Jerusalem's Old City and the Western Wall were relatively empty on Sunday morning, following terror attacks on Saturday night and early Sunday morning that killed two and wounded three.
The rare sight of empty parking spaces around the Western Wall highlighted the scant number of visitors.
Those arriving in the area were mostly tourists and haredi residents of Jerusalem, and of course border guards and police.
The Old City area has been nearly blocked off, with the only way to access it through Sultan Sulemain Street near Damascus Gate by car and through alleyways by foot. However, thousands of worshipers arrived at the Western Wall to pray on Sunday.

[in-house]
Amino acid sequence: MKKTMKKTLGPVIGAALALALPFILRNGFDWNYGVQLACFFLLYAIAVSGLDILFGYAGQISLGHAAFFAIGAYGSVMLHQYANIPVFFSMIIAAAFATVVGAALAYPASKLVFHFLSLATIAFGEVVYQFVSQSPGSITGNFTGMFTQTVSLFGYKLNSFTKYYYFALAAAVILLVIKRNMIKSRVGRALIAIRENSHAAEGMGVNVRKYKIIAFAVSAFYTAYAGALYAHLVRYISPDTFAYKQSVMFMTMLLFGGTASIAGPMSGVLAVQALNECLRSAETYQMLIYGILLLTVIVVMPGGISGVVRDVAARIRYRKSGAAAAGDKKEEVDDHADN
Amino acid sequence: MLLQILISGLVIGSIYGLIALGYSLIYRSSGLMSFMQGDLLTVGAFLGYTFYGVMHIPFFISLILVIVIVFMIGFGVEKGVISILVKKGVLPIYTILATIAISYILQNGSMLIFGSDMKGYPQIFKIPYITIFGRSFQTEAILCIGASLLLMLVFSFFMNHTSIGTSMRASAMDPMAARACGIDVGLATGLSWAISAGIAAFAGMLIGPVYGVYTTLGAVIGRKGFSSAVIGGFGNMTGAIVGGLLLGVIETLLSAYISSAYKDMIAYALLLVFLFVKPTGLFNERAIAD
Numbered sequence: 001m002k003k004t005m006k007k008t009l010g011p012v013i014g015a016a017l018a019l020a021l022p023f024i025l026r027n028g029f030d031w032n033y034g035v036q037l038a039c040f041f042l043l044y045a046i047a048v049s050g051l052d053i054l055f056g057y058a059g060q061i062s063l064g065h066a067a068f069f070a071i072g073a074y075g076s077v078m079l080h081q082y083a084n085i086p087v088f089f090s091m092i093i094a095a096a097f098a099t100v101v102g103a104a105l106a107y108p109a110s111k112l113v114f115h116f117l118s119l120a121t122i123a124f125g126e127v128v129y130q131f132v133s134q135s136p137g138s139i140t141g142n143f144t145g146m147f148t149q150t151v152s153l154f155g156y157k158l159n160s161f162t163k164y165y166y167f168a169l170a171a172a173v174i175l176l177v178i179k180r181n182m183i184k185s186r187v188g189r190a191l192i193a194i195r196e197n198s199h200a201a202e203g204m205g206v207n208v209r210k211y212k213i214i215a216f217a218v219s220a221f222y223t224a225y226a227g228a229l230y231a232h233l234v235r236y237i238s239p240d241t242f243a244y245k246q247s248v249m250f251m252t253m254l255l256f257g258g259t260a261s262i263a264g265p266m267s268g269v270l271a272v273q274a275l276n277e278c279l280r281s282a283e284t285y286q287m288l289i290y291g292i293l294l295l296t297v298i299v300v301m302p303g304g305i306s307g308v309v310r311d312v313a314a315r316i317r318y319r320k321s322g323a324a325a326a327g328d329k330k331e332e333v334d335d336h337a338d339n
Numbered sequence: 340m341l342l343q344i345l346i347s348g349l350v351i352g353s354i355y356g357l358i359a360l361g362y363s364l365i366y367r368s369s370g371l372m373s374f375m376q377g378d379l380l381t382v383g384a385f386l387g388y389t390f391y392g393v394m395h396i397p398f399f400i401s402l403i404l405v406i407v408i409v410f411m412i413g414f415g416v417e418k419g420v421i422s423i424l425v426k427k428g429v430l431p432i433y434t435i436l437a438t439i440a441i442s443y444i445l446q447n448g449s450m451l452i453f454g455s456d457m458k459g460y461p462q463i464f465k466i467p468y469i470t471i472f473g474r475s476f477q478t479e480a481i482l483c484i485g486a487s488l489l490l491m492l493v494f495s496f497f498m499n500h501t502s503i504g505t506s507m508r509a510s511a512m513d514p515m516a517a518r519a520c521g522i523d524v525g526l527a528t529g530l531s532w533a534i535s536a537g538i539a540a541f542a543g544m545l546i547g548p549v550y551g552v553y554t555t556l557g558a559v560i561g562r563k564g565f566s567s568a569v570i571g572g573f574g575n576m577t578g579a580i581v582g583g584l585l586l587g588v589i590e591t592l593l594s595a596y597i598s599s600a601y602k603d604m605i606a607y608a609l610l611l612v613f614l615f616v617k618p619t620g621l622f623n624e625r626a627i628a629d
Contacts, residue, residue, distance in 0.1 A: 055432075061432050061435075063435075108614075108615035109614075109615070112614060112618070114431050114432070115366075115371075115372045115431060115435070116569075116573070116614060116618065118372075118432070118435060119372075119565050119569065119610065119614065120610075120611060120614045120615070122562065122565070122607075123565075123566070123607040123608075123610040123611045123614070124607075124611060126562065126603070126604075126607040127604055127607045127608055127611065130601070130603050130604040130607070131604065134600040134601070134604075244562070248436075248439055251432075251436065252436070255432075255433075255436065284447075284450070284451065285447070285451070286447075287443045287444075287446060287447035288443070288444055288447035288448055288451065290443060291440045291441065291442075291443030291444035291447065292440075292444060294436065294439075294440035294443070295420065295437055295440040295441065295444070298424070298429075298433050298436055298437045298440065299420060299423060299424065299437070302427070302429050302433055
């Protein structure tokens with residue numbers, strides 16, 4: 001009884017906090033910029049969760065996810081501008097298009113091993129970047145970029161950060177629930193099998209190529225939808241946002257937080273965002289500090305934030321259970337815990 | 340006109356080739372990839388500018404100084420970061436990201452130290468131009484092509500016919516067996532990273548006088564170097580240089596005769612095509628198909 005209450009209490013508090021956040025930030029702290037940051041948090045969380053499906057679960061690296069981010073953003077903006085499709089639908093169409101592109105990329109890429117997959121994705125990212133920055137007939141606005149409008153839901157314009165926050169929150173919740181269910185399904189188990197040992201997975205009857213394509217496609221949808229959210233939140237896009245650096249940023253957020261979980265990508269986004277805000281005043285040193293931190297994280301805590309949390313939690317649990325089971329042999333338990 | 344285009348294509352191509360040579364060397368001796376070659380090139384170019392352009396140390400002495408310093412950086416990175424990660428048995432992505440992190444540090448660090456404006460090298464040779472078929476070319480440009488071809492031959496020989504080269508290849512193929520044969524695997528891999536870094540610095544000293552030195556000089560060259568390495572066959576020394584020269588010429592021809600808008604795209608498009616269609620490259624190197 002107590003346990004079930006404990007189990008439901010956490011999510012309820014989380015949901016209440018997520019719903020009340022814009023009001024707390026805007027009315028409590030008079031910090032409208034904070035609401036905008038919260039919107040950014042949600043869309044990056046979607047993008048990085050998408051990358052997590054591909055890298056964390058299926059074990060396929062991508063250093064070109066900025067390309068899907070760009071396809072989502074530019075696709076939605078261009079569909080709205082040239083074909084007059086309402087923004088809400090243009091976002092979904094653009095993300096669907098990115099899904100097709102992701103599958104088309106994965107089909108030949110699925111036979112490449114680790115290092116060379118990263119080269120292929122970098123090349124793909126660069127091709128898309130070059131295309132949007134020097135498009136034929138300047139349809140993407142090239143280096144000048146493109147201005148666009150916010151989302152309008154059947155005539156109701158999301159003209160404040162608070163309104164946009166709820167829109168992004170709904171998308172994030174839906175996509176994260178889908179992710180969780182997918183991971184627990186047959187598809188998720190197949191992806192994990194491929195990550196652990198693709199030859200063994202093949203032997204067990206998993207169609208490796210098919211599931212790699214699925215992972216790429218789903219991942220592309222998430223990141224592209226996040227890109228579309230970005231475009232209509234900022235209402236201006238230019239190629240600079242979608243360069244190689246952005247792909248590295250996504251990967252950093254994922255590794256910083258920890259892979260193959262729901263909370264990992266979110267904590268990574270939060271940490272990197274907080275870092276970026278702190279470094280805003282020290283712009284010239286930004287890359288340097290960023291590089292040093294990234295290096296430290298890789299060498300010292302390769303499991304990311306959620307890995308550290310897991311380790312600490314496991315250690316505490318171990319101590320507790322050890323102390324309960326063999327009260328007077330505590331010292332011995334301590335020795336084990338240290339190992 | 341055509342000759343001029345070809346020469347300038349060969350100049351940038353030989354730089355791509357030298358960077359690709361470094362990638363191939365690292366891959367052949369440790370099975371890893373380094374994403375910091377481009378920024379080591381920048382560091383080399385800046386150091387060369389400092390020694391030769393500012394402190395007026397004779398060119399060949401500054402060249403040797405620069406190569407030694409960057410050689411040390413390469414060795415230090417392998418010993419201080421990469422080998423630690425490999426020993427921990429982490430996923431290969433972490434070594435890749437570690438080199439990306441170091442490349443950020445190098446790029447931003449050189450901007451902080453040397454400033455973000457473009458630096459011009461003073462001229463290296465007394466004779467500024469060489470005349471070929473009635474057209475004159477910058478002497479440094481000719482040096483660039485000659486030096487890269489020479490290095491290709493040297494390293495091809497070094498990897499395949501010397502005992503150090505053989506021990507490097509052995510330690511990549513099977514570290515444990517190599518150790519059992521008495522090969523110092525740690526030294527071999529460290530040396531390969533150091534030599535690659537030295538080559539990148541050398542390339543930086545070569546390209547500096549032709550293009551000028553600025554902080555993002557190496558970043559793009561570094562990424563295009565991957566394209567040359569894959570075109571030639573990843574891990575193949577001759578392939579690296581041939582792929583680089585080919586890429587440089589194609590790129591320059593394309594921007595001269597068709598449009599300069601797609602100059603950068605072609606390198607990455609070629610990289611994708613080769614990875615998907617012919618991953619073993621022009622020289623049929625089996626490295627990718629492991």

Among the visitors on Sunday morning were Baruch and Ina from Modi'in. "We didn't think about changing our plans because of what happened," said Ina. Her husband said: "We must strengthen the city. The day it becomes scary to walk around in Jerusalem, they can close the gates."
Amian Kelemer and her daughter, Orianna, described a large security presence, but said they felt safe. "We feel that people are looking at one another and protecting one another," they said.
A woman named Miriam arrived at the Western Wall on Sunday, just like every Simchat Torah. "It's still a little scary, but I trust in Hashem," she said. "I look twice and pay attention to who is around me."
Avraham from Bnei Brak also arrived to pray and called on Jews to come to Jerusalem. "We are undeterred," he said. "It's painful to hear about terror attacks, but we still won't give up. It's true that we have to be more careful and keep our eyes open, but we still don't need to be deterred and don't need to be scared."